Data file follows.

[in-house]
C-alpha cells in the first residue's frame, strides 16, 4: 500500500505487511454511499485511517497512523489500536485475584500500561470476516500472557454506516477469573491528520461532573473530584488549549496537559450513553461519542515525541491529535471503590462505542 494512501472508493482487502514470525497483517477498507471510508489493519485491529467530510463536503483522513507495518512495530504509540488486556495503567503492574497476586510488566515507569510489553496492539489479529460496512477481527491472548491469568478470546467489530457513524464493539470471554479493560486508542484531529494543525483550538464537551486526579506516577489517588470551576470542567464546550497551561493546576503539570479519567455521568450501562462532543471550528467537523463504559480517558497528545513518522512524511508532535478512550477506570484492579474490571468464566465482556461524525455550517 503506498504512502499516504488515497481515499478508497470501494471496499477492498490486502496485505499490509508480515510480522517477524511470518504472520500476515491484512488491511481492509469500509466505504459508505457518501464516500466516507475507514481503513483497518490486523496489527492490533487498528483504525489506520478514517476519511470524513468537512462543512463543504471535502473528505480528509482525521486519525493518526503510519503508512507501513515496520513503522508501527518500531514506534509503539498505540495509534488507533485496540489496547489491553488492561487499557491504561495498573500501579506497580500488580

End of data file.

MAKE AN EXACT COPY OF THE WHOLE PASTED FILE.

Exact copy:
[in-house]
C-alpha cells in the first residue's frame, strides 16, 4: 500500500505487511454511499485511517497512523489500536485475584500500561470476516500472557454506516477469573491528520461532573473530584488549549496537559450513553461519542515525541491529535471503590462505542 494512501472508493482487502514470525497483517477498507471510508489493519485491529467530510463536503483522513507495518512495530504509540488486556495503567503492574497476586510488566515507569510489553496492539489479529460496512477481527491472548491469568478470546467489530457513524464493539470471554479493560486508542484531529494543525483550538464537551486526579506516577489517588470551576470542567464546550497551561493546576503539570479519567455521568450501562462532543471550528467537523463504559480517558497528545513518522512524511508532535478512550477506570484492579474490571468464566465482556461524525455550517 503506498504512502499516504488515497481515499478508497470501494471496499477492498490486502496485505499490509508480515510480522517477524511470518504472520500476515491484512488491511481492509469500509466505504459508505457518501464516500466516507475507514481503513483497518490486523496489527492490533487498528483504525489506520478514517476519511470524513468537512462543512463543504471535502473528505480528509482525521486519525493518526503510519503508512507501513515496520513503522508501527518500531514506534509503539498505540495509534488507533485496540489496547489491553488492561487499557491504561495498573500501579506497580500488580